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Future Classic Friday: Renault Laguna Mk 1

Published 11 October 2019

The original Renault Laguna was the first project worked upon by Renault’s charismatic designer, Patrick Le Quément. 

Although it came out after the Twingo, which was the first Le Quément design to market, work on the Laguna began earlier, in the autumn of 1988 - before the Renault 21 it was scheduled to replace was even facelifted.

The Laguna debuted at the 1993 Frankfurt Motor Show as the third major entrant to the large-medium fleet market that year, hot on the heels of the Ford Mondeo and Citroen Xantia, and was immediately praised for its handsome styling and spacious cabin, though some of the trim quality was a bit flaky and the engine range relatively old-fashioned.

Laguna _5

Nevertheless, it was a good-looking car, and that was enough for it to make inroads into an area of the market where Renault had traditionally struggled. In 1994, the Laguna estate appeared as a replacement for the 21 Savanna, complete with rear-facing jump seats available as an option. Whereas the Laguna hatchback was naturally handsome, however, the estate was a bit more challenging, with a near vertical tailgate and a domed glass area around the tailgate. It was different, for certain - but you either loved or hated it, there was no in-between.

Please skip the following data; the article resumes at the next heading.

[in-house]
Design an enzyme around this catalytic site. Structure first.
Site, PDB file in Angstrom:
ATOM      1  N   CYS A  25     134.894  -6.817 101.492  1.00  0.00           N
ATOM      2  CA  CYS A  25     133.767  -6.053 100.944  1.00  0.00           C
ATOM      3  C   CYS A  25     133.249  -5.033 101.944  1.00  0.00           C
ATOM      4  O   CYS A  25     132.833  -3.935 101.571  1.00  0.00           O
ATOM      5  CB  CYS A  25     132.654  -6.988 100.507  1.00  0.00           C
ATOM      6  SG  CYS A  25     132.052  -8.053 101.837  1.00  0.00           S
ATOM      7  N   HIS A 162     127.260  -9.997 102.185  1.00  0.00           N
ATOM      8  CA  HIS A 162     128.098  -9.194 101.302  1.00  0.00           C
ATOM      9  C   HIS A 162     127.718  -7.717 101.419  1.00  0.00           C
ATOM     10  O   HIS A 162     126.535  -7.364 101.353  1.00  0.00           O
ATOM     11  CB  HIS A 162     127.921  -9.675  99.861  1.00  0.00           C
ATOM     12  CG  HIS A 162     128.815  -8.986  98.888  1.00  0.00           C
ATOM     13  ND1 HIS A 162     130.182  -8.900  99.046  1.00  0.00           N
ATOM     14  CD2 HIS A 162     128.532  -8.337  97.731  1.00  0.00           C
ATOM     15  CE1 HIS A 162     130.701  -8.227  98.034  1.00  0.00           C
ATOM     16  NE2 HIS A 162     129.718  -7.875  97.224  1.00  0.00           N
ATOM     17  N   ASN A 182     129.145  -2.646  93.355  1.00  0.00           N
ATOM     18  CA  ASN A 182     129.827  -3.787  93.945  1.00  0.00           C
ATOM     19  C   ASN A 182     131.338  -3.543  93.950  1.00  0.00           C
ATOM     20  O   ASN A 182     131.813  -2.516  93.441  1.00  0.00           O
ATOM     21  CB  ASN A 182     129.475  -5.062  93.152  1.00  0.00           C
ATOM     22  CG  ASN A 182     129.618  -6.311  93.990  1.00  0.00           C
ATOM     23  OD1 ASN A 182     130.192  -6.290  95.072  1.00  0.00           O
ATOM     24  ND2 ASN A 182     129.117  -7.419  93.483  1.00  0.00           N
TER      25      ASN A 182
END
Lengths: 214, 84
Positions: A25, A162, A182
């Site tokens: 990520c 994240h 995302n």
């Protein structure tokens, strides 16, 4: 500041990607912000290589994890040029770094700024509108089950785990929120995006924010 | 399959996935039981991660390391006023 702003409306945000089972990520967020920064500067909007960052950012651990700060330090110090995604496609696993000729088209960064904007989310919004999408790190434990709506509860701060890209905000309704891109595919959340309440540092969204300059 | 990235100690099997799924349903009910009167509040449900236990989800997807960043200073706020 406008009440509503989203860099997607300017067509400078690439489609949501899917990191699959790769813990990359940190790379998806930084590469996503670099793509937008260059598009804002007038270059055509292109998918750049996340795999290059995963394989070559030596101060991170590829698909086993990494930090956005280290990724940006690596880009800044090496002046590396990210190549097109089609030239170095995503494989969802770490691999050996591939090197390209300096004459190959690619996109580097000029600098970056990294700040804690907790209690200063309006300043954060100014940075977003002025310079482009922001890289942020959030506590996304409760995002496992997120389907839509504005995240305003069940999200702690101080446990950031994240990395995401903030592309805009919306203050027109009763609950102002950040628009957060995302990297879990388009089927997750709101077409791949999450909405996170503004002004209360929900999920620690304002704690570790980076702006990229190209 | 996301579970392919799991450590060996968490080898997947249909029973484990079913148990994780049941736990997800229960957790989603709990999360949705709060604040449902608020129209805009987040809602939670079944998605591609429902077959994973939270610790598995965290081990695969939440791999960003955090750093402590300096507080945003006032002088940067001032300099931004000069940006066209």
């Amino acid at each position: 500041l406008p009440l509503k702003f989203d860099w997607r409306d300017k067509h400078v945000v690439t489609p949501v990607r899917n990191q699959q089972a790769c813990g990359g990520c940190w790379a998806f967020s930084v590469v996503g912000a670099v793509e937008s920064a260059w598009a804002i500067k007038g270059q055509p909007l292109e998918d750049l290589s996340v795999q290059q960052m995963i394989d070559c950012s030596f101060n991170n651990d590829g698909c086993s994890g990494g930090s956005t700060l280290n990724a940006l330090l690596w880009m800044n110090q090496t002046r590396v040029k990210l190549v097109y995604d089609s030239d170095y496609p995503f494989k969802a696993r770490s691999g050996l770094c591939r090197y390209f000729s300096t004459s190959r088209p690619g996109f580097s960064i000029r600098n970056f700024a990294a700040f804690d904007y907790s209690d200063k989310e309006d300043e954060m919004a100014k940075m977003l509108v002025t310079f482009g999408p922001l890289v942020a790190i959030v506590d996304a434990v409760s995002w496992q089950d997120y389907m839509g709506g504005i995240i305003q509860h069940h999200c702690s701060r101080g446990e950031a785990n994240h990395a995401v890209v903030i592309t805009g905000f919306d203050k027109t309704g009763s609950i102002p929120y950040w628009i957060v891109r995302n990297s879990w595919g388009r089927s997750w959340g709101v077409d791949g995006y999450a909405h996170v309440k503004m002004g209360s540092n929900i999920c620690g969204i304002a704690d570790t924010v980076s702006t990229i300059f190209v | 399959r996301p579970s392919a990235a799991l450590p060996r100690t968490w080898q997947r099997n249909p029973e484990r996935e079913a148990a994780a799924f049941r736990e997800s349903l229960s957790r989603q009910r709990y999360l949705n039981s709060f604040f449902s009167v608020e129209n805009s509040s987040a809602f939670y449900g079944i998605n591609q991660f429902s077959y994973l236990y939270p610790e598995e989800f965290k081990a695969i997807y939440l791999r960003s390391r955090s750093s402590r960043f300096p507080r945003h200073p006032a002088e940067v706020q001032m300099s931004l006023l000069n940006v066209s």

The estate was amazingly useful, though, with one of the biggest boots in the class making it a much cheaper workhorse than the likes of the Volvo V70.

In 1998, the Laguna was given a facelift. Although the lines of the original were left largely untouched, the headlight lenses were given a darker tint, the grille was tweaked and the rear lights made slightly bigger, with a more focused series of improvements inside to answer criticisms levelled at the original Laguna’s trim quality.

Renault _laguna _estate

Of particular curiosity value are two French market Lagunas we never saw over here - the 210bhp BiTurbo (with twin turbos as the name suggests) and the runout Laguna Concorde, which had the famous aircraft on its badge and seats trimmed in the same colour and type of leather.

Those two are future classics by virtue of their weirdness alone, but the standard Laguna is now a largely forgotten and unloved banger, which it really doesn’t deserve to be. It’s a smarter and better-made car than you’d give it credit for, it’s supremely comfortable and it’s fairly decent to drive. 

The difficult part is finding a good one now, as already early Lagunas are a very rare sight. You can still get an absolutely immaculate one for less than £1,000, making it an interesting retro runabout if not a fully-fledged future classic.


   on 10 March 2020

I love the MK 1 Luguna its a smooth car to drive, that has huge amount of boot space,
The car is not cluttered with annoying flashing screens and bleeping reversing sensors its car for driving not a P.C. on wheels.
modern cars have lost there souls, as they all are starting to look the same.
The MK 1 Luguna needs to be saved from the scrap heap as they are dispersing fast and they have a look that is unique.

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